Employees are entitled to broad protection from discrimination based on their religious beliefs and practices. However, that protection has limits.
Consider, for example, what may happen if an employee tries to bludgeon—figuratively—her fellow employees with her religious beliefs.
Recent case: Vernessa Averett worked for Honda of America Mfg. Apparently employees on the shop floor frequently targeted each other for teasing and downright verbal abuse.
Averett, who claimed to be very religious, often told her co-workers that she was confident God would punish them because they were “evildoers” who would face eternal damnation.
Because Averett had previously threatened to kill a co-worker, Honda took her religious pronouncements as possible threats and told her to stop.
After Honda fired Averett for , she sued, alleging religious discrimination. Her claim was essentially that, by telling her she could not proclaim that God would punish co-workers for making her work life miserable, she had been discriminated against based on her sincerely held religious belief that God avenges wrongs.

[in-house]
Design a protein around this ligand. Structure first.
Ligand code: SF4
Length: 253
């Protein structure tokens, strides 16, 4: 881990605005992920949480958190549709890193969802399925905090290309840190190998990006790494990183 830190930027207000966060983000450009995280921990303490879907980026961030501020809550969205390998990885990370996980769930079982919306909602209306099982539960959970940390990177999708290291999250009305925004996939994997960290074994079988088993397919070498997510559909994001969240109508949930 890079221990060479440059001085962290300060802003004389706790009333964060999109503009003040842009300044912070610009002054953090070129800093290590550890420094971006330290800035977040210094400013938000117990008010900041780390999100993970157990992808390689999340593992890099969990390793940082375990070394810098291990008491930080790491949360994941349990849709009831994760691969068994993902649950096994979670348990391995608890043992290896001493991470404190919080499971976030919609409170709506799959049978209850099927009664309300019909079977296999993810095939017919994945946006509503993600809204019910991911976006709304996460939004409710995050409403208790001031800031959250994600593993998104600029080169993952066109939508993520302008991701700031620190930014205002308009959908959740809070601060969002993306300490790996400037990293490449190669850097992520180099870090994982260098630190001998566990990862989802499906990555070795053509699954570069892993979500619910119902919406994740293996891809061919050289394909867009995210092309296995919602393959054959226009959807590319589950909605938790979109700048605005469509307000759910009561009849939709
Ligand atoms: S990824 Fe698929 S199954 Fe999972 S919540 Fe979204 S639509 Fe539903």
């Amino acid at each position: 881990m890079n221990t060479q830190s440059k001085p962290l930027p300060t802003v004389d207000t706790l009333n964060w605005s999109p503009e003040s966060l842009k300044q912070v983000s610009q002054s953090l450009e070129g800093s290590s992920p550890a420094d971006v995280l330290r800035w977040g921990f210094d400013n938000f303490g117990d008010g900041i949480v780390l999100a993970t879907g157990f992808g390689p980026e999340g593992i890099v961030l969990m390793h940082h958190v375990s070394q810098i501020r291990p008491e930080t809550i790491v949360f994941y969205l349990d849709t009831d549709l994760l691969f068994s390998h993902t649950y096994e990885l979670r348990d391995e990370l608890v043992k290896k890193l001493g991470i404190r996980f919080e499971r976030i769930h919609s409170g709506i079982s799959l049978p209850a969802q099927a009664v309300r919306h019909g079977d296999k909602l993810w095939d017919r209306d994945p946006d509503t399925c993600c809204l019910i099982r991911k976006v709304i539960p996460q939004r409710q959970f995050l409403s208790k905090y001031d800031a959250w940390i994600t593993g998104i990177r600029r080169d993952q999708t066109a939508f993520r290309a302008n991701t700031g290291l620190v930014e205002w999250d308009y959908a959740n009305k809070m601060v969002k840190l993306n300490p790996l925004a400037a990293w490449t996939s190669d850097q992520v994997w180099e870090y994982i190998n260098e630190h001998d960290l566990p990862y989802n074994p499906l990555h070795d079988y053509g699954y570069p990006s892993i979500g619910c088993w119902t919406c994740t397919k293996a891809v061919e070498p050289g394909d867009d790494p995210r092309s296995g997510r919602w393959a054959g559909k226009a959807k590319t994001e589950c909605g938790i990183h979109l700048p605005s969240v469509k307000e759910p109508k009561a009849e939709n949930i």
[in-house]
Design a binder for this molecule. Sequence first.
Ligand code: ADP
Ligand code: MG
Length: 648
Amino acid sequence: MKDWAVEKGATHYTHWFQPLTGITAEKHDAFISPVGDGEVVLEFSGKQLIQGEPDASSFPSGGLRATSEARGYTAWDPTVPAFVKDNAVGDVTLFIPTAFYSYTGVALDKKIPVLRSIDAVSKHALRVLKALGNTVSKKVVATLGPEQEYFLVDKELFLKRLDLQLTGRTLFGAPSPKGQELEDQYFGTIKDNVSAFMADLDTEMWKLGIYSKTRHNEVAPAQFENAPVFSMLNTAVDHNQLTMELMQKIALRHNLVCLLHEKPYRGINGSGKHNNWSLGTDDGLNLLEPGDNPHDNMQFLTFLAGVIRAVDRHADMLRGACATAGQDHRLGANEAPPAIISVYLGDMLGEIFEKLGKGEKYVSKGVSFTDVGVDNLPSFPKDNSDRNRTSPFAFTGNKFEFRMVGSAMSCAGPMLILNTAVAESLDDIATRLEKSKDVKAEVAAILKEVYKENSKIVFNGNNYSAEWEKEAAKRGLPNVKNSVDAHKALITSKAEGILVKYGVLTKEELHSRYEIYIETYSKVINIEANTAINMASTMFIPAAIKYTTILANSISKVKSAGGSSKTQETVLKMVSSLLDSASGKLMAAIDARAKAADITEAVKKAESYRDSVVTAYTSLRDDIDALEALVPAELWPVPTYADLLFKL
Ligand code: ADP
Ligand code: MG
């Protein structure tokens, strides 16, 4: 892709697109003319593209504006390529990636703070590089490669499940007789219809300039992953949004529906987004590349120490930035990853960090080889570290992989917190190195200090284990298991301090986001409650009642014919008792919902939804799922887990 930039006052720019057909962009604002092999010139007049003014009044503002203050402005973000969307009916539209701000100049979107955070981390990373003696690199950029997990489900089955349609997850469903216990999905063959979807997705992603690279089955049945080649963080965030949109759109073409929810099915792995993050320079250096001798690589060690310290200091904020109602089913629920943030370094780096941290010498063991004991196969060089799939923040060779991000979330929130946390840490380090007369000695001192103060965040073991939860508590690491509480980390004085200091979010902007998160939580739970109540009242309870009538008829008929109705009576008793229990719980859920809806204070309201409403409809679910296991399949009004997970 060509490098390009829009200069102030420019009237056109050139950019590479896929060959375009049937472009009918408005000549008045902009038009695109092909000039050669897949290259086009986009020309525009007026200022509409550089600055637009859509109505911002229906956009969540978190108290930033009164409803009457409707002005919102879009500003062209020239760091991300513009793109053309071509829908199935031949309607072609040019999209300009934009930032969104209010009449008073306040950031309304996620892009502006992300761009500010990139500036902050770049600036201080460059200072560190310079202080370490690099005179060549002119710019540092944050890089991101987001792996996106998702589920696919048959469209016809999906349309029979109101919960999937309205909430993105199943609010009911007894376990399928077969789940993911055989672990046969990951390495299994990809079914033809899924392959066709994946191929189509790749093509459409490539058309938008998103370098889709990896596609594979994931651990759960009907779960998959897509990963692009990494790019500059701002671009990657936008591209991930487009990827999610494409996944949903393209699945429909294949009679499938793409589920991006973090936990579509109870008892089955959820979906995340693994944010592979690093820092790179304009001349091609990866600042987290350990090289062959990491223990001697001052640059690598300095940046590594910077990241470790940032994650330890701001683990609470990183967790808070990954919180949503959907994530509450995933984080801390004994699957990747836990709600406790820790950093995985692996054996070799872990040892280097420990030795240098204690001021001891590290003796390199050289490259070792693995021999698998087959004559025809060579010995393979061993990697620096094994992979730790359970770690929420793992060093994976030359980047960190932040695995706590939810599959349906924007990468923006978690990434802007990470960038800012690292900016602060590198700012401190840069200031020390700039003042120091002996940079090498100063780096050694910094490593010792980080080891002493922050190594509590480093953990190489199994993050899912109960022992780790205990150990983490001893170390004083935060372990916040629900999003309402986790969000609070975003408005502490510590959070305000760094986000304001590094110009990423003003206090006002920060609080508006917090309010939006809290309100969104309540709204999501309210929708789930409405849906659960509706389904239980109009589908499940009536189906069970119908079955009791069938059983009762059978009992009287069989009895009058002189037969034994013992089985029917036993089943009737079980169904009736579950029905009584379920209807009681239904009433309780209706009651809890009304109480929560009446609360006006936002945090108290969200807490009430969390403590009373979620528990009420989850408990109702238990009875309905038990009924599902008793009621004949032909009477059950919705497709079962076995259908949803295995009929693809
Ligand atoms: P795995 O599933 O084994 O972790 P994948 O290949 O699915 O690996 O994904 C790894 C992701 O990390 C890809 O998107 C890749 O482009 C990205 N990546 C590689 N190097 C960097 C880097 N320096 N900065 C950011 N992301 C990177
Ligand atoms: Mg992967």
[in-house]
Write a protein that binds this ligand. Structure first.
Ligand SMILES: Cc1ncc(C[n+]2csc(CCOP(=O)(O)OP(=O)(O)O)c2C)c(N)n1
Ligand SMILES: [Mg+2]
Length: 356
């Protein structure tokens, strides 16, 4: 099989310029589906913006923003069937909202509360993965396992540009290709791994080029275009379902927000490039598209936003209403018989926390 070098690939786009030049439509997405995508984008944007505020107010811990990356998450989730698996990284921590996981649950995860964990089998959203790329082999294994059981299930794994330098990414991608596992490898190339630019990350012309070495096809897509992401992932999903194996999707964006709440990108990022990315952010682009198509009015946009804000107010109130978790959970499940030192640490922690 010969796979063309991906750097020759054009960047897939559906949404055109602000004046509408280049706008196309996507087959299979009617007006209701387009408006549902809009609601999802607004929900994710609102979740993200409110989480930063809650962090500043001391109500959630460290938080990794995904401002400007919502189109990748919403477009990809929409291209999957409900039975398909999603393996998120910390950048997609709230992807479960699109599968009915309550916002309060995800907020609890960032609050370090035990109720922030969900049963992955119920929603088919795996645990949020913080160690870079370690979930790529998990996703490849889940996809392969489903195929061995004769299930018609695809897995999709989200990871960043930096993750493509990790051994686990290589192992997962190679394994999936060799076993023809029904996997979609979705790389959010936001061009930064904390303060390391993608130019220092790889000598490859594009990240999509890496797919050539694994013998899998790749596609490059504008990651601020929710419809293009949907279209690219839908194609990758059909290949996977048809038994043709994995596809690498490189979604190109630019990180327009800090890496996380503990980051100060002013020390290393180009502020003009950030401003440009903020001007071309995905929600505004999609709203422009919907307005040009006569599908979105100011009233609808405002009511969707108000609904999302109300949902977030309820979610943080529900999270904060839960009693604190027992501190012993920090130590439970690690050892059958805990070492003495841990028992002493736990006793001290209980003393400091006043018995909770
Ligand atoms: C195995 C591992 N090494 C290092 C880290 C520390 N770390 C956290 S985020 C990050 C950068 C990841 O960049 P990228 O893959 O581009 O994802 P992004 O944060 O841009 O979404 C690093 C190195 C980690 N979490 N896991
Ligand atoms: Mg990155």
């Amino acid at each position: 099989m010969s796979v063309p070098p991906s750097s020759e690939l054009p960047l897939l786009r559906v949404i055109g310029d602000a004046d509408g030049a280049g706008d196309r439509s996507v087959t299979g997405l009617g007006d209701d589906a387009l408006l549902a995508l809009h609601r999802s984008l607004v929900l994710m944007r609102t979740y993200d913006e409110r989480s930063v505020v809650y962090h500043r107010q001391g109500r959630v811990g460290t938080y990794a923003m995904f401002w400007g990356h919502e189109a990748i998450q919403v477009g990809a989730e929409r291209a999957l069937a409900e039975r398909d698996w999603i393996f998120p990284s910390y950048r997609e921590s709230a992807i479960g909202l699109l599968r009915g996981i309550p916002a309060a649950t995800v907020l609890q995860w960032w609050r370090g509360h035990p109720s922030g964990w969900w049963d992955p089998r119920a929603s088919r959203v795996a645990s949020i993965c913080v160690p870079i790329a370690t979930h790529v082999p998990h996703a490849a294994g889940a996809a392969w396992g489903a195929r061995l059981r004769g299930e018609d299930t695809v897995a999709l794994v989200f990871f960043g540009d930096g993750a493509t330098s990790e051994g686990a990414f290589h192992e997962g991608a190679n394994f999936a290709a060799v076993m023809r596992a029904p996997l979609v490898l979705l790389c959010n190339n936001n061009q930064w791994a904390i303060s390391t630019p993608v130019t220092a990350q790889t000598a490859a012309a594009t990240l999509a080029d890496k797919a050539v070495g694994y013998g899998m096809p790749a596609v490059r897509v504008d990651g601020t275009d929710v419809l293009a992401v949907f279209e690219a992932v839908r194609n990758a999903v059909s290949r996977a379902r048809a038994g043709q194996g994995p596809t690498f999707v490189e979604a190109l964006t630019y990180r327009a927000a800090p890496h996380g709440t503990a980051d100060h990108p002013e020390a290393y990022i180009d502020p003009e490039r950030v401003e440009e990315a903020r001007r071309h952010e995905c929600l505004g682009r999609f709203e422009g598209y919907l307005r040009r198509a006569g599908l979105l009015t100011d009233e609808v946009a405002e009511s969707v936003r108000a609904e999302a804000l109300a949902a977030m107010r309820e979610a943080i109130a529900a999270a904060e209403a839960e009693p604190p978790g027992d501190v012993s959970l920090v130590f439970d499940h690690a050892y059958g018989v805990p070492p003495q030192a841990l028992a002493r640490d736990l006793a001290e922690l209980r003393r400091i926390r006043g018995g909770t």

The court disagreed. It concluded that Honda had a neutral policy against any and all threats, not just religious ones. Because the anti-threat policy was neutral, it didn’t target Averett because of her religious beliefs.
Plus, there was no evidence that Averett’s religion required her to warn her co-workers about damnation. Telling her not to make the threats therefore didn’t interfere with her ability to practice her religion. Her case was dismissed. (Averett v. Honda of America, No. 2:07-CV-1167, SD OH, 2010)
Final note: Don’t take this case as an excuse not to crack down on teasing and other disruptive workplace behavior. The co-worker conduct that led Averett to invoke God’s wrath isn’t appropriate and could easily escalate to sexual, racial or other harassment.
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